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Oliver, a Boy

When I was young my mother's hand
Led me through a joyful land
Where neither war nor hate exist
Nor something more I must resist 

Where nothing but the night is black
And black is never dark for lack
Of something bright or greater light
But merely brings a lesser sight

And should a sullen something scratch
Or enter unbeknownst to hatch
A nightmare by my crib or bed
No lack of love appeared instead

But still there grew impending fear
That drew from shadows newly near
To tempt the tender tears of youth
And soon betray a child's truth...

My mother's name was Seraphine
A sadder child was never seen 
Her duty was to serve the table
Of newly widowed Mrs. Grable

Her husband Mr. Grable died
To keep the British gratified
Which left the widow newly fed
By wealthy brother Master Ted

Their lineage was the House of Bean 
A family favored by the Queen
When epic wars left many dead
The House of Bean was spared instead

For serving well Her Majesty
The Beans were blessed with property
And one small subject good and clean
The lowly servant Seraphine

When Seraphine was just a child
Her Master Ted met Mr. Wild
A gentleman from Derbyshire
In need of servant class for hire

In Derbyshire he kept a farm
A new estate with country charm
That came with dairy cows and sheep
And one large lake two fathoms deep

He lived in lonely solitude
Without a wife to share his food
The class that served so faithfully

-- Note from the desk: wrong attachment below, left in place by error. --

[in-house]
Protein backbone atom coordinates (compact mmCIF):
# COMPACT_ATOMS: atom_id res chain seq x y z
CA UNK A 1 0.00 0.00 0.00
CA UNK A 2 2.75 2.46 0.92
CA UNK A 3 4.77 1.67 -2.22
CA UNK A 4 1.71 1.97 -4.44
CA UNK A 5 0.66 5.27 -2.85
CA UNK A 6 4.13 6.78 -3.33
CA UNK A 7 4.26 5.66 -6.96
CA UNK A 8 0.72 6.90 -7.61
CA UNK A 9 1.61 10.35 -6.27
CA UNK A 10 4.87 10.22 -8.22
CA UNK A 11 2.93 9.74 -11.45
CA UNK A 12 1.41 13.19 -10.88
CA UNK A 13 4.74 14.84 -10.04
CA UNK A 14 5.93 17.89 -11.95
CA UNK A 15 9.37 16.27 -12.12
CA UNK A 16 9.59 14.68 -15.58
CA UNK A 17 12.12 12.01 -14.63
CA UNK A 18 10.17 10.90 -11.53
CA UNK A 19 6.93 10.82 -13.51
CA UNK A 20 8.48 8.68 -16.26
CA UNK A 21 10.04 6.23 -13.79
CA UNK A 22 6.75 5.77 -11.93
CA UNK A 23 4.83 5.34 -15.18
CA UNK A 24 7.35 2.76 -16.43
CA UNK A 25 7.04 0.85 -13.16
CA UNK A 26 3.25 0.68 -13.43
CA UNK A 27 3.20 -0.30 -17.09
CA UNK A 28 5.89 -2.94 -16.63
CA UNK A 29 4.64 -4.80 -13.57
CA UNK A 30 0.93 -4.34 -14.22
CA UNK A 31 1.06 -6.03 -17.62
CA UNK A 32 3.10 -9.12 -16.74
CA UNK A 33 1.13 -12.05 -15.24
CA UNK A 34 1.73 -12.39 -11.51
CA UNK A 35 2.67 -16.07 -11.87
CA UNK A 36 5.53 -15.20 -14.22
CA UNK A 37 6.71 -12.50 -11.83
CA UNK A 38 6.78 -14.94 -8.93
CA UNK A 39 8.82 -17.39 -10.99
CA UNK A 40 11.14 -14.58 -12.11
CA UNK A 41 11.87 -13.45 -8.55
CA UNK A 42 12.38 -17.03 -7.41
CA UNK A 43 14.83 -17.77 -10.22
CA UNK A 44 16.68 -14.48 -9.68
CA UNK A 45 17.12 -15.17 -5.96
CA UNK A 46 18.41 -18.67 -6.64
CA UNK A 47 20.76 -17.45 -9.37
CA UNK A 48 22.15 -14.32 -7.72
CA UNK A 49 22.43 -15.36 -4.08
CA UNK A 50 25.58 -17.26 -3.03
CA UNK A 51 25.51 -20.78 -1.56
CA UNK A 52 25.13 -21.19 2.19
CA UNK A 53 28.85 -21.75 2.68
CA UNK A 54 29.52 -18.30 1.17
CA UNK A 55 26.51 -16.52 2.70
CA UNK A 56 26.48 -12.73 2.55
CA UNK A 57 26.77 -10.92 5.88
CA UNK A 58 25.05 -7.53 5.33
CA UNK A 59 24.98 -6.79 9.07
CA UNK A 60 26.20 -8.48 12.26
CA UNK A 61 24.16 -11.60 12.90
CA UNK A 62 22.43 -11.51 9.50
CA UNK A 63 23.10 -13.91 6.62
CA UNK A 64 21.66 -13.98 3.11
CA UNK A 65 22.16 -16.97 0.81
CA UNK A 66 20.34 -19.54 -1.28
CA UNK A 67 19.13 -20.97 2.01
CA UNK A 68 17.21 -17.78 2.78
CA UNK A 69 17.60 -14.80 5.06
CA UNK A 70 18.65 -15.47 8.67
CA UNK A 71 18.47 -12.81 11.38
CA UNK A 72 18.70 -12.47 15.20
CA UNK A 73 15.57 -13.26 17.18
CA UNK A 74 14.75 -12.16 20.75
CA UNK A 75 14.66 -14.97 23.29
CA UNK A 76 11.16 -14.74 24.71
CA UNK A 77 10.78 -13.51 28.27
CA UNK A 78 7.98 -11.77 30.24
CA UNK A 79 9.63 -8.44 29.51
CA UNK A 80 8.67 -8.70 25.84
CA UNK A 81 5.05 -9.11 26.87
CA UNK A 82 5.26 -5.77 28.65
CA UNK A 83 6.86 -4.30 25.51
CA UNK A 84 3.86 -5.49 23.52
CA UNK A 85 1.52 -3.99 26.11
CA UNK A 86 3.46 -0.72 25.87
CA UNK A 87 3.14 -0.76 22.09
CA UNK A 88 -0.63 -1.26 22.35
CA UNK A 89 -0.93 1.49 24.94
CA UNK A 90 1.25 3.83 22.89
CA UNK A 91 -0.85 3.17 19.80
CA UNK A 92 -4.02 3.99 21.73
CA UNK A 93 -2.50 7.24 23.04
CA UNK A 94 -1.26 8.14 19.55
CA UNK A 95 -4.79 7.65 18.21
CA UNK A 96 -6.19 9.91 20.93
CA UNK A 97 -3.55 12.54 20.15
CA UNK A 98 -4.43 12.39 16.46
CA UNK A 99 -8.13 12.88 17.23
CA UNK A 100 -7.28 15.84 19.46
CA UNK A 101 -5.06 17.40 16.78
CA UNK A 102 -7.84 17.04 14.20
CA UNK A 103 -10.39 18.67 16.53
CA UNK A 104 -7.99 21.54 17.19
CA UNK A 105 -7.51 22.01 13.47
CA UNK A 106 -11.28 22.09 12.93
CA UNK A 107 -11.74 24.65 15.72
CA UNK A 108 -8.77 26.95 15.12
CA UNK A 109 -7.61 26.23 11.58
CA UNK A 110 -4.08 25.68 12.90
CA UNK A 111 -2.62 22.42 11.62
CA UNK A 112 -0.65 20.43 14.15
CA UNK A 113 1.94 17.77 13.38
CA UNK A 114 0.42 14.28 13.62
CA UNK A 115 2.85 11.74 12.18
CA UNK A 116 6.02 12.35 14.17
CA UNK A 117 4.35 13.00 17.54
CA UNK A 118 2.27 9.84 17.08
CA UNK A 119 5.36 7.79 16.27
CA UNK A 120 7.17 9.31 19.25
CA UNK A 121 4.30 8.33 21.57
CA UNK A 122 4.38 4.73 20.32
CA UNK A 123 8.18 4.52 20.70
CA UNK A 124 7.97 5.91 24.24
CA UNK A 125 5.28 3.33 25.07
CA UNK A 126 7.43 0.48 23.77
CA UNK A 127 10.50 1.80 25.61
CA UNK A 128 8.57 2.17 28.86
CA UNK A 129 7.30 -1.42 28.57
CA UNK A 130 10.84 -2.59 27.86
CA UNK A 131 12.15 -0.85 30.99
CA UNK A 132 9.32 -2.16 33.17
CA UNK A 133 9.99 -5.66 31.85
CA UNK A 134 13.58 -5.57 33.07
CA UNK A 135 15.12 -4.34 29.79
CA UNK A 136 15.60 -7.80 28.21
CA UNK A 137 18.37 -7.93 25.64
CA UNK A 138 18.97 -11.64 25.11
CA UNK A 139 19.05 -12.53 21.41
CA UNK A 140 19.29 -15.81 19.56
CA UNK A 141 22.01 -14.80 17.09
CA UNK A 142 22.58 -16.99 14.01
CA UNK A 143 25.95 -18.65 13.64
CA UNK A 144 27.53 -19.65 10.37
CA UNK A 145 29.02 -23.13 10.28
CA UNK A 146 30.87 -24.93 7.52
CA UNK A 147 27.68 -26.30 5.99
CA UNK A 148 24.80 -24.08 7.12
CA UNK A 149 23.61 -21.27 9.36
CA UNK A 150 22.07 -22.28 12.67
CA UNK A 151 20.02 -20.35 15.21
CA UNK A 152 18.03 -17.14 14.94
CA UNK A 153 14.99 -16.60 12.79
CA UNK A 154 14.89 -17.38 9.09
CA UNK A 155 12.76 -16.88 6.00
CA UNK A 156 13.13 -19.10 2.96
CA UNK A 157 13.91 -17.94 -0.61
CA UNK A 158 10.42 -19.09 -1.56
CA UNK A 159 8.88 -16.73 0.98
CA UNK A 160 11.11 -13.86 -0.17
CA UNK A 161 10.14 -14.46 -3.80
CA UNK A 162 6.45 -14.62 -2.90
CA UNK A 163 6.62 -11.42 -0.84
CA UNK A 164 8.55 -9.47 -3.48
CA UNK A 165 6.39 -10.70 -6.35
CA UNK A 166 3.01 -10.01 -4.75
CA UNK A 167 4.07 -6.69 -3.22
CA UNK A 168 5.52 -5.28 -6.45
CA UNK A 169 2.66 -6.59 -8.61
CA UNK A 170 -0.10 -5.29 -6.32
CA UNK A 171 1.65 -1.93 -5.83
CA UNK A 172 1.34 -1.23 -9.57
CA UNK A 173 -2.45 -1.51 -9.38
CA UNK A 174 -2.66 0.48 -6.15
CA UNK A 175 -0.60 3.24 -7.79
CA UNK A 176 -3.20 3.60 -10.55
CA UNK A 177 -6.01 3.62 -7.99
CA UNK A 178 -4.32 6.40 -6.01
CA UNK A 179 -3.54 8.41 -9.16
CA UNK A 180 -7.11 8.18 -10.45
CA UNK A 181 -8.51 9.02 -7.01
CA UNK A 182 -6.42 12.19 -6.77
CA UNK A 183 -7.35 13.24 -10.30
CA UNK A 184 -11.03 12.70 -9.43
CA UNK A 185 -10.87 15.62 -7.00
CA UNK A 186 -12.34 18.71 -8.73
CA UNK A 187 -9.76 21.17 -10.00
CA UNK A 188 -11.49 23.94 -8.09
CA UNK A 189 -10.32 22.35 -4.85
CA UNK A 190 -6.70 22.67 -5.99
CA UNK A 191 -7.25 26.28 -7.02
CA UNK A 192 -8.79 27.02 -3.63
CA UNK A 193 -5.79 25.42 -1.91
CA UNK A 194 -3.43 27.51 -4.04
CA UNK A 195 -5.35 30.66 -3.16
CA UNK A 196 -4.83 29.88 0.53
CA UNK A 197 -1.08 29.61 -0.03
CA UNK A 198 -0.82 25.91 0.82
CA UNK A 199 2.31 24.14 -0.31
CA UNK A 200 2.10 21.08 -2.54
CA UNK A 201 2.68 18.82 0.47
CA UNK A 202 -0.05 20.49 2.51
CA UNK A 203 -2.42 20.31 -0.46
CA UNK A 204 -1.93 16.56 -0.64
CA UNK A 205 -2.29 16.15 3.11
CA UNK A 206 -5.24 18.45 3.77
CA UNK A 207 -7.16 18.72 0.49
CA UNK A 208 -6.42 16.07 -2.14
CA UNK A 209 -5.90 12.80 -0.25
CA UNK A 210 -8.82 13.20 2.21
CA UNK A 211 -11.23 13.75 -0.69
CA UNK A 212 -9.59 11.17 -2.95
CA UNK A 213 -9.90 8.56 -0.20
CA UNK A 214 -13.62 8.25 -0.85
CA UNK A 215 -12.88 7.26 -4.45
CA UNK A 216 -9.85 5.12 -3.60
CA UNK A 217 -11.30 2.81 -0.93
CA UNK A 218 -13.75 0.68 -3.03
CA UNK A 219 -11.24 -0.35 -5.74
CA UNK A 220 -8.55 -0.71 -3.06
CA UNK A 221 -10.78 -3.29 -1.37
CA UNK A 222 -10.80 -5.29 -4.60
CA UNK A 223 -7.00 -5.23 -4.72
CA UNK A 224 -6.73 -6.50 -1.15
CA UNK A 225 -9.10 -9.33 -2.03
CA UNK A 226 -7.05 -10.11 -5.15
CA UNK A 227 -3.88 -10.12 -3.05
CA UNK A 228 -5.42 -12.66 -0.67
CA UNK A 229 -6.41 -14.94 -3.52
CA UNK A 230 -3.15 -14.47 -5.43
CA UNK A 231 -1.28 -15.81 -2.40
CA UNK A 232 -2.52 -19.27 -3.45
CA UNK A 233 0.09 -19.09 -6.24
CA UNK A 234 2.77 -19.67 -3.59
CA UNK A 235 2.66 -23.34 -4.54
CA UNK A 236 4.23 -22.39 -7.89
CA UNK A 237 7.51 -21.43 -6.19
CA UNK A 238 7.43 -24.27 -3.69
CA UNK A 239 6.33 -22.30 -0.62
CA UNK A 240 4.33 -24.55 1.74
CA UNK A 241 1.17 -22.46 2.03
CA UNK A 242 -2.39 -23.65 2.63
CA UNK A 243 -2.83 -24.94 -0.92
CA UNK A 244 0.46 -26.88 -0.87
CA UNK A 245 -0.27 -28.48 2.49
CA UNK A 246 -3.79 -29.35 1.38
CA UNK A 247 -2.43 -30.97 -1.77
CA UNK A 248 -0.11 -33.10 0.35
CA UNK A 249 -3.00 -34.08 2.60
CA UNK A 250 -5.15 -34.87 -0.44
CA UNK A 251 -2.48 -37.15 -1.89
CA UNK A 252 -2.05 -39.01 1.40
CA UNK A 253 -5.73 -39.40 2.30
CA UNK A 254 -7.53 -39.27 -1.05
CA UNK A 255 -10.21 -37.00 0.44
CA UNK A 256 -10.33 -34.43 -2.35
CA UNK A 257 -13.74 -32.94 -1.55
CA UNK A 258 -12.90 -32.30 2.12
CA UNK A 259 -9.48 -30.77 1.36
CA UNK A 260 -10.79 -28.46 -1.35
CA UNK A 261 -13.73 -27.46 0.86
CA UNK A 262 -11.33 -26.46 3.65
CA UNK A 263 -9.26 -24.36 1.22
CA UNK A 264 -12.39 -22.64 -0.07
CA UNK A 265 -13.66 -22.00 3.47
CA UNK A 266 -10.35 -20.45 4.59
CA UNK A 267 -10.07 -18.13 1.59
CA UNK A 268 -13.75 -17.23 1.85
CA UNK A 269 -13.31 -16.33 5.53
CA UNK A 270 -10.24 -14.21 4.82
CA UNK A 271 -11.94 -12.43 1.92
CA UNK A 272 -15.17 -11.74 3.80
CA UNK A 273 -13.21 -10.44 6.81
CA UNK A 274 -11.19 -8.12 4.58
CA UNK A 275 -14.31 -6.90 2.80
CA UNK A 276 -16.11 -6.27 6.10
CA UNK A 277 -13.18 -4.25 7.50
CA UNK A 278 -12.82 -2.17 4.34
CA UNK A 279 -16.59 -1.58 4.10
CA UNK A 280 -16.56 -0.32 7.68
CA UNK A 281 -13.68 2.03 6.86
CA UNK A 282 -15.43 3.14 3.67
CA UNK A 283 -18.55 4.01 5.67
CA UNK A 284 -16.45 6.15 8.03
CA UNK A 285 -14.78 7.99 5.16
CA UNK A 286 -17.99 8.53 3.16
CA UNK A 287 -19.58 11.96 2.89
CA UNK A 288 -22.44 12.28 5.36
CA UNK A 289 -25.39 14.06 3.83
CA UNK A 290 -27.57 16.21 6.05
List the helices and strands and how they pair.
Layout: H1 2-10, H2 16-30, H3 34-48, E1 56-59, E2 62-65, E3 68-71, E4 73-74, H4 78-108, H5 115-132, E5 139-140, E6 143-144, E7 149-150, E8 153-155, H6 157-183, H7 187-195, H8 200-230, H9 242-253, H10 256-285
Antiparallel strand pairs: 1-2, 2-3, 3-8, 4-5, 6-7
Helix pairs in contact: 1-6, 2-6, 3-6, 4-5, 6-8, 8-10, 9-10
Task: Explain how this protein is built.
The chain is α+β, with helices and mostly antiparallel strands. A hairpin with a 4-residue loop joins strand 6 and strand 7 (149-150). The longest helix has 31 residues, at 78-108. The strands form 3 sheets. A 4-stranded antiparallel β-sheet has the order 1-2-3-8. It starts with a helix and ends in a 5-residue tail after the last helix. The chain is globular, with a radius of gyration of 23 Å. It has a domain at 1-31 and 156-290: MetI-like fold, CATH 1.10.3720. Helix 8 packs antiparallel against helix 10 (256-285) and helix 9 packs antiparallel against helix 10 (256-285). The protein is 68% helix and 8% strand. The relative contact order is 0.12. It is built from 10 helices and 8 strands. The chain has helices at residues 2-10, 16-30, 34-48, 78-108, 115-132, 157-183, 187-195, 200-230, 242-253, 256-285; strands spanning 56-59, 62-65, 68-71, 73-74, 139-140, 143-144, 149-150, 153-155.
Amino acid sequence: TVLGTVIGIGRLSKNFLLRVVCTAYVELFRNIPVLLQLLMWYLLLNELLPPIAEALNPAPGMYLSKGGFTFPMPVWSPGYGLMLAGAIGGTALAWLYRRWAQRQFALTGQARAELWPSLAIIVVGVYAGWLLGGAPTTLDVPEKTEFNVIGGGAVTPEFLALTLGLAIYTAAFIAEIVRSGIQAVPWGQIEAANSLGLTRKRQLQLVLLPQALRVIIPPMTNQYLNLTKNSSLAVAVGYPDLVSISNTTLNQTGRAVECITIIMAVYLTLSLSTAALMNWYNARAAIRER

By evening left his company

When Seraphine was strong and able
She dug the grave of Mrs. Grable
And thought about a different house
To serve within a different blouse

For Seraphine had seen the day
When Master Bean refused to pay
The twenty pounds he paid before
Although she labored even more

She knew the way to break his sway
Was leave his house without delay
In search of better work and food
And just a bit of gratitude

But Bean would never let her go
Because he feared that she would go
And tell the queen most truthfully
About the years she worked for free

She thought about a running mate
Another maid to share her fate
But all the other maids were proud
To be among the servant crowd

A dreamer on the kitchen crew
Was dreaming with a window view
When suddenly the breaking dawn
Betrayed the maiden on the lawn

The kitchen boy released a shout
That startled everyone about
And made the Manor Lady scream
And wake the Master from his dream

A bobby who was passing by
Was startled by their anguished cry
And hurried with a worried frown
To find the Master in his gown

The Master told a mournful story
That even sold the Morning Glory
And made the bobby blow his whistle
Enough to wilt a bed of thistle

A 'Peeler' by the name of Cook
Approached his calling by the book
And made a vow to Master Bean 
To squash my mother Seraphine...


This intermission that we take
Is meant to help you stay awake
Through what I say and for the sake
Of everyone who needs a break...


Welcome back my weary friends
I promise you this story ends